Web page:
async def print_when_done(tasks):
    for res in limited_as_completed(tasks, 10):
        print("Result %s" % await res)
coros = (mycoro(i) for i in range(1, 101))
loop = asyncio.get_event_loop()
loop.run_until_complete(print_when_done(coros))
loop.close()

We see output like this:

$ time python3 python-async.py
Starting 1
Starting 2
...
Starting 9
Starting 10
Finishing 10
Result 10
Starting 11
...
Finishing 100
Result 100
Finishing 1
Result 1

real	0m1.535s
user	0m1.436s
sys	0m0.084s

So we can see that the tasks are still running concurrently, but this time the number of concurrent tasks is limited to 10.

See also

To achieve a similar result using semaphores, see Python asyncio.semaphore in async-await function and Making 1 million requests with python-aiohttp.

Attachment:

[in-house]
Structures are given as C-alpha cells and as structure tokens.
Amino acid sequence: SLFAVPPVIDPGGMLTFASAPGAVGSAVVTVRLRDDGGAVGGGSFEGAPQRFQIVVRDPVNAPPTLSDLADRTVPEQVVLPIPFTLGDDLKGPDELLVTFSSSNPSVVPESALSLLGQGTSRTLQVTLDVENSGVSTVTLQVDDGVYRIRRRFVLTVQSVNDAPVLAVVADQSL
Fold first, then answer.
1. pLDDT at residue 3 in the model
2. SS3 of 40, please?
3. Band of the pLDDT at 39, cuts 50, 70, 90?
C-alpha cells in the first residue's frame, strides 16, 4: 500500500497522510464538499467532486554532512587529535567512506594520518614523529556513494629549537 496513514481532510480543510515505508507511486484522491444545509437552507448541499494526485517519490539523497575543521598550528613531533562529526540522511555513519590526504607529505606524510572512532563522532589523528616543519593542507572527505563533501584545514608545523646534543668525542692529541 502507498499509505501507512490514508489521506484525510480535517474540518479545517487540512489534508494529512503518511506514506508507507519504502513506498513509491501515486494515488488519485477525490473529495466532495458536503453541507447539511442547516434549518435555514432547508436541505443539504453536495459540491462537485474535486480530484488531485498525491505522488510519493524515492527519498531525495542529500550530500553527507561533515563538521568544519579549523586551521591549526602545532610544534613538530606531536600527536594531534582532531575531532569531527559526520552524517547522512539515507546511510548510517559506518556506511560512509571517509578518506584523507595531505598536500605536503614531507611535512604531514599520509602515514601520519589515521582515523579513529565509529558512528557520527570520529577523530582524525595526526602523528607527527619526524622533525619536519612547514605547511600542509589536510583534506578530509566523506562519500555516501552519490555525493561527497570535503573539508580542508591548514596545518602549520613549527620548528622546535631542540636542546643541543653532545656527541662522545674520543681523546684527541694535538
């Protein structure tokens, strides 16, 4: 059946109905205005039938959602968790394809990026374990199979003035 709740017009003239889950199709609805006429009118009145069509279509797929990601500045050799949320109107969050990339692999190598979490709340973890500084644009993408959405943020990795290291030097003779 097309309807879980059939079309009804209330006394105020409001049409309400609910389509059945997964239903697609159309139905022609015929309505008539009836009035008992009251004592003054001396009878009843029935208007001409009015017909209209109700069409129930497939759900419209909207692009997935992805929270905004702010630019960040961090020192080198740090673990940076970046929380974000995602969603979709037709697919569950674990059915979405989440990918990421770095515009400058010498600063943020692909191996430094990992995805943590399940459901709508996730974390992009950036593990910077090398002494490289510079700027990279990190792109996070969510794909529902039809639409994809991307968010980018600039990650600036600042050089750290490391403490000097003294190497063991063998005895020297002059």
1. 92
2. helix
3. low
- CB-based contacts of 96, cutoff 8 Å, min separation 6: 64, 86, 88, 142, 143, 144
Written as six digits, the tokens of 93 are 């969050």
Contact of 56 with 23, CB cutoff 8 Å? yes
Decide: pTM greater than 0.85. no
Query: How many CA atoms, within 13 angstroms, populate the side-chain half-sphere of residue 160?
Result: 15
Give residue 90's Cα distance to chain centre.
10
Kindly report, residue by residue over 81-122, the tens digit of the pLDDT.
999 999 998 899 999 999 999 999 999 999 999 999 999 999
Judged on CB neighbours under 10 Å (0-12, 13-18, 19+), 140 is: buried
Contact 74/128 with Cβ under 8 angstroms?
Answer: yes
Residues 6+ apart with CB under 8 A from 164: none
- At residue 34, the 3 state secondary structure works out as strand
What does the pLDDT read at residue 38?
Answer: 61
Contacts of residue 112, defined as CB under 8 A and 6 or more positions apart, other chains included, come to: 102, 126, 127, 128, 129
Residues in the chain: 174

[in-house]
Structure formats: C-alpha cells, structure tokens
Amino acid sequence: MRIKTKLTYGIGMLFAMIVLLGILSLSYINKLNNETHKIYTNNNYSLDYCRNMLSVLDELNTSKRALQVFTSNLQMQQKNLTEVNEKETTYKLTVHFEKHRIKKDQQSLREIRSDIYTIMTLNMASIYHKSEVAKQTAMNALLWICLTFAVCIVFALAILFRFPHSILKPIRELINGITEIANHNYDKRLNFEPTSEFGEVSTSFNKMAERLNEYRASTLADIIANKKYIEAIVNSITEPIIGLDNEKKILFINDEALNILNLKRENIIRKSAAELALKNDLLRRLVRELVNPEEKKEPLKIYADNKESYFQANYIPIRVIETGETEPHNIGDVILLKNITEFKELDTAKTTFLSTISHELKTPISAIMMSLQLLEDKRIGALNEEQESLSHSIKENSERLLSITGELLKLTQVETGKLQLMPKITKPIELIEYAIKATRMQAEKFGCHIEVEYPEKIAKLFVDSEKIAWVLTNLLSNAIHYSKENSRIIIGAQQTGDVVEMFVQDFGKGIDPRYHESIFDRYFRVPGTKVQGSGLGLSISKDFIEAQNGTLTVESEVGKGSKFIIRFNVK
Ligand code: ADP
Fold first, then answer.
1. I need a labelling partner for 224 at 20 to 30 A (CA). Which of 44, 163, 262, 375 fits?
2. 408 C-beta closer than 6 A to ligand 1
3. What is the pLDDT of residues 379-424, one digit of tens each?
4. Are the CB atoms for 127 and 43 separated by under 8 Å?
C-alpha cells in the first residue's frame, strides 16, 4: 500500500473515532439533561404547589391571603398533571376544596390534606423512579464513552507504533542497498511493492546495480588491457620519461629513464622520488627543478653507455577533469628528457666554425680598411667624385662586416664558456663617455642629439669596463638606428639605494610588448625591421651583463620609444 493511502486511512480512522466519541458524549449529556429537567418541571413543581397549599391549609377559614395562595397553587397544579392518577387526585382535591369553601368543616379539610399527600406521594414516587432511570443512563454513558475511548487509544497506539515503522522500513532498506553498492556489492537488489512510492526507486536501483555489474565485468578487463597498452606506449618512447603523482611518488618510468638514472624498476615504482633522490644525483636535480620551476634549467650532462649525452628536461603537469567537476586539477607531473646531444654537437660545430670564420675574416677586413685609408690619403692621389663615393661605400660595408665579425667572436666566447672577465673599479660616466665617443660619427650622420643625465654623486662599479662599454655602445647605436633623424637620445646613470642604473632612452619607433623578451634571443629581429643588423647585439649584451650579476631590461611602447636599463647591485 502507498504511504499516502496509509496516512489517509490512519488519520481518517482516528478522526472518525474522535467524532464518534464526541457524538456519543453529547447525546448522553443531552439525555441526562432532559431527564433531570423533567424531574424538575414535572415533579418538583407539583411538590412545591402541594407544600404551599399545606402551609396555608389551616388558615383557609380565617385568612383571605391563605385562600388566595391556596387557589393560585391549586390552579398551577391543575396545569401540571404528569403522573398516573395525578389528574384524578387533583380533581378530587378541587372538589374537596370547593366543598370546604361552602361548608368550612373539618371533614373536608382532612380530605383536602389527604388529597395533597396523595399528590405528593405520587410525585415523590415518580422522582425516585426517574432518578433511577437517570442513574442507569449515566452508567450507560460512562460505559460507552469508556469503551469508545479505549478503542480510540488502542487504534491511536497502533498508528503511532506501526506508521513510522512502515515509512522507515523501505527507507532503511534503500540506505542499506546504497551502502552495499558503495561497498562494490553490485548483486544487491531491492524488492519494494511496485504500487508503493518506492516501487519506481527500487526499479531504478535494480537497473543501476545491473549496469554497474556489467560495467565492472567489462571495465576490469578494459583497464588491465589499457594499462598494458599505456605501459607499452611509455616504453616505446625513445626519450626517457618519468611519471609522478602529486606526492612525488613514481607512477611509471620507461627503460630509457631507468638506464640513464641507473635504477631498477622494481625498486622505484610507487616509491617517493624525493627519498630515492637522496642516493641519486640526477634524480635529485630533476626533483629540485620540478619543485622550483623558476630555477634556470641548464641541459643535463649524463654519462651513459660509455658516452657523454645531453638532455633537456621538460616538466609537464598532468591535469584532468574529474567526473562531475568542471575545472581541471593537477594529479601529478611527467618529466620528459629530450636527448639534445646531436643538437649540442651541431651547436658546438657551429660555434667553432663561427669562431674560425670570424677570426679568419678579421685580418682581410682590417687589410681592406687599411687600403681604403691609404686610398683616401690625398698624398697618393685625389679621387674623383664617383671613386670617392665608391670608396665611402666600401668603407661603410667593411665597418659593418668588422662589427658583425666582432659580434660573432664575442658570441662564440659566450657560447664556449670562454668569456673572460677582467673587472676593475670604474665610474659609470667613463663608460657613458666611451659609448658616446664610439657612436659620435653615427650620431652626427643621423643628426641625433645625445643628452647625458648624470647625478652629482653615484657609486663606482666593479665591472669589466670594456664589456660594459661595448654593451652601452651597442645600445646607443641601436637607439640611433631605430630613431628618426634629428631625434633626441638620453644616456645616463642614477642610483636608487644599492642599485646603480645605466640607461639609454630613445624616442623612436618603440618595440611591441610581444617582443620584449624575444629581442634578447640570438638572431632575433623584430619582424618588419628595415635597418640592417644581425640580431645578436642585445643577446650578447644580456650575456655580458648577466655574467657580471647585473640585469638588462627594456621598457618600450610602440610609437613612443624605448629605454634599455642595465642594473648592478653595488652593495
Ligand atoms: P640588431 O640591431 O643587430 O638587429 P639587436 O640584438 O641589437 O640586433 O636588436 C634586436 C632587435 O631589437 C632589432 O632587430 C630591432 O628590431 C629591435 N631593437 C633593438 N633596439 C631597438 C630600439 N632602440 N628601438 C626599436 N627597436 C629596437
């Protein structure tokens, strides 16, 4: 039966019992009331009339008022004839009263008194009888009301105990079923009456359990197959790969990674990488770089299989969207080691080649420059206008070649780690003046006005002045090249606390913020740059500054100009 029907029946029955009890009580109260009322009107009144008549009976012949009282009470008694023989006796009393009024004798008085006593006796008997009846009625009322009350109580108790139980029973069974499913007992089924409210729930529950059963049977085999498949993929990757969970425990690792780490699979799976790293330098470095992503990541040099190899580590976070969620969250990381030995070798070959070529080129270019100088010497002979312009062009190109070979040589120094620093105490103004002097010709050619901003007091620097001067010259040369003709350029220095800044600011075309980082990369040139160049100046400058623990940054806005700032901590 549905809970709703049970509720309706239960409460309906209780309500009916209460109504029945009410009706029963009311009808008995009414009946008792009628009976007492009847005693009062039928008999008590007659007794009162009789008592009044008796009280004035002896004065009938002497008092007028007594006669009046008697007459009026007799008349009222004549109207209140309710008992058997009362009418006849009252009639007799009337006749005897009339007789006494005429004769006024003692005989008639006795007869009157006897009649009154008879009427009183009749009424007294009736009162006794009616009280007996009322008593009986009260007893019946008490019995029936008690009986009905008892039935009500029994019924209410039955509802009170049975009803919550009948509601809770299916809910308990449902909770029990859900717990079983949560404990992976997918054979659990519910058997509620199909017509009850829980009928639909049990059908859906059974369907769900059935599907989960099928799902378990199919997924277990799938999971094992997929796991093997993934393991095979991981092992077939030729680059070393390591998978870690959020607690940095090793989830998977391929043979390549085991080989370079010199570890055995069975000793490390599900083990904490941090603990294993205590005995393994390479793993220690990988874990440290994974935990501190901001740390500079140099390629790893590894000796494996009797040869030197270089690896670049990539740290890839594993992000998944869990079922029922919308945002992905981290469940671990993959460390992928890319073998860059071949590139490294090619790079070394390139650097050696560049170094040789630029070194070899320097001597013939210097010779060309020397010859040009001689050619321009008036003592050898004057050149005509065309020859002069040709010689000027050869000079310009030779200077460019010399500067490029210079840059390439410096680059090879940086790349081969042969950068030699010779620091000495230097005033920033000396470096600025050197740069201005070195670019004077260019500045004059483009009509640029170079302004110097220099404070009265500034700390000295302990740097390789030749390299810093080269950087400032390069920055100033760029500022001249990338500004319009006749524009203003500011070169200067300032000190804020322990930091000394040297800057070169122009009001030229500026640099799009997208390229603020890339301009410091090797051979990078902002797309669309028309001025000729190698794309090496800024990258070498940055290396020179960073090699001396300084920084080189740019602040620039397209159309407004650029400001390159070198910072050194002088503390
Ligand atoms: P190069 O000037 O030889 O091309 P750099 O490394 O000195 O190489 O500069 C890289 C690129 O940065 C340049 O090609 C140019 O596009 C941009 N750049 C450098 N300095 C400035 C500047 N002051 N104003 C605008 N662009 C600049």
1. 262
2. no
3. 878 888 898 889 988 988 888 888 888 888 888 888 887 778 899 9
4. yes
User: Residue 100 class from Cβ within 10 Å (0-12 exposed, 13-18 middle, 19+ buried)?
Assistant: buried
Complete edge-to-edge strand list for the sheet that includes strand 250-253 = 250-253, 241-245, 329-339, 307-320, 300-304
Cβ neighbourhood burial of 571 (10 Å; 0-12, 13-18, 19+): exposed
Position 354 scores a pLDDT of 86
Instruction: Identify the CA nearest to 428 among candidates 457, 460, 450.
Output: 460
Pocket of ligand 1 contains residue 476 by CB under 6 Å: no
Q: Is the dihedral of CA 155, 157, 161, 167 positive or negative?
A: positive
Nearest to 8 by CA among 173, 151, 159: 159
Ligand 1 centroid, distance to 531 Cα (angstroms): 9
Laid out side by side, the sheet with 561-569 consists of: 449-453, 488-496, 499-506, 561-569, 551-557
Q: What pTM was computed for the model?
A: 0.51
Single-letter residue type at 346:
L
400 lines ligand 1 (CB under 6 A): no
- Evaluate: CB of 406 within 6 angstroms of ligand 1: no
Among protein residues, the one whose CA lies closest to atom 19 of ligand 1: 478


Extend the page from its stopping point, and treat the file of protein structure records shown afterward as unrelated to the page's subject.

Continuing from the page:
It feels like limited_as_completed is more re-usable as an approach but I’d love to hear others’ thoughts on this. E.g. could/should I use a semaphore to implement limited_as_completed instead of manually holding a queue?

Basic ideas of Python 3 asyncio concurrency

Series: asyncio basics, large numbers in parallel, parallel HTTP requests, adding to stdlib

Python 3’s asyncio module and the async and await keywords combine to allow us to do cooperative concurrent programming, where a code path voluntarily yields control to a scheduler, trusting that it will get control back when some resource has become available (or just when the scheduler feels like it). This way of programming can be very confusing, and has been popularised by Twisted in the Python world, and nodejs (among others) in other worlds.

I have been trying to get my head around the basic ideas as they surface in Python 3’s model. Below are some definitions and explanations that have been useful to me as I tried to grasp how it all works.